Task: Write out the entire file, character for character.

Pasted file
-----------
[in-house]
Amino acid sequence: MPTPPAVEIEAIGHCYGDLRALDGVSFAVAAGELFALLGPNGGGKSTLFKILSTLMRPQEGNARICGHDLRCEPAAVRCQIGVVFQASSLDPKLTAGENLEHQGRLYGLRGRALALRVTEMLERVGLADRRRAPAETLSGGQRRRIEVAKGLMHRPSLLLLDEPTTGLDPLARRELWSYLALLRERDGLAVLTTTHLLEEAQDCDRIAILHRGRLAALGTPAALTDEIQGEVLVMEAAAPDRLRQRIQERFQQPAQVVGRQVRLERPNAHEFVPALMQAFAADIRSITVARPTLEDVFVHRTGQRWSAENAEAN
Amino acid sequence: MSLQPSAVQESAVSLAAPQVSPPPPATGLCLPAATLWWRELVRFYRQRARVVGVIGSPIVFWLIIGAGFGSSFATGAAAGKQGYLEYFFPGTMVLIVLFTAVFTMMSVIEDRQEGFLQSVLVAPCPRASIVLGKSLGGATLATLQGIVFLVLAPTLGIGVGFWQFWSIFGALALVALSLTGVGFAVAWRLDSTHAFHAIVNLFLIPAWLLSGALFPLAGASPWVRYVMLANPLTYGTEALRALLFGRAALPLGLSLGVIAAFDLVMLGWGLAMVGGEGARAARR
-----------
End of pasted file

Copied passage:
[in-house]
Amino acid sequence: MPTPPAVEIEAIGHCYGDLRALDGVSFAVAAGELFALLGPNGGGKSTLFKILSTLMRPQEGNARICGHDLRCEPAAVRCQIGVVFQASSLDPKLTAGENLEHQGRLYGLRGRALALRVTEMLERVGLADRRRAPAETLSGGQRRRIEVAKGLMHRPSLLLLDEPTTGLDPLARRELWSYLALLRERDGLAVLTTTHLLEEAQDCDRIAILHRGRLAALGTPAALTDEIQGEVLVMEAAAPDRLRQRIQERFQQPAQVVGRQVRLERPNAHEFVPALMQAFAADIRSITVARPTLEDVFVHRTGQRWSAENAEAN
Amino acid sequence: MSLQPSAVQESAVSLAAPQVSPPPPATGLCLPAATLWWRELVRFYRQRARVVGVIGSPIVFWLIIGAGFGSSFATGAAAGKQGYLEYFFPGTMVLIVLFTAVFTMMSVIEDRQEGFLQSVLVAPCPRASIVLGKSLGGATLATLQGIVFLVLAPTLGIGVGFWQFWSIFGALALVALSLTGVGFAVAWRLDSTHAFHAIVNLFLIPAWLLSGALFPLAGASPWVRYVMLANPLTYGTEALRALLFGRAALPLGLSLGVIAAFDLVMLGWGLAMVGGEGARAARR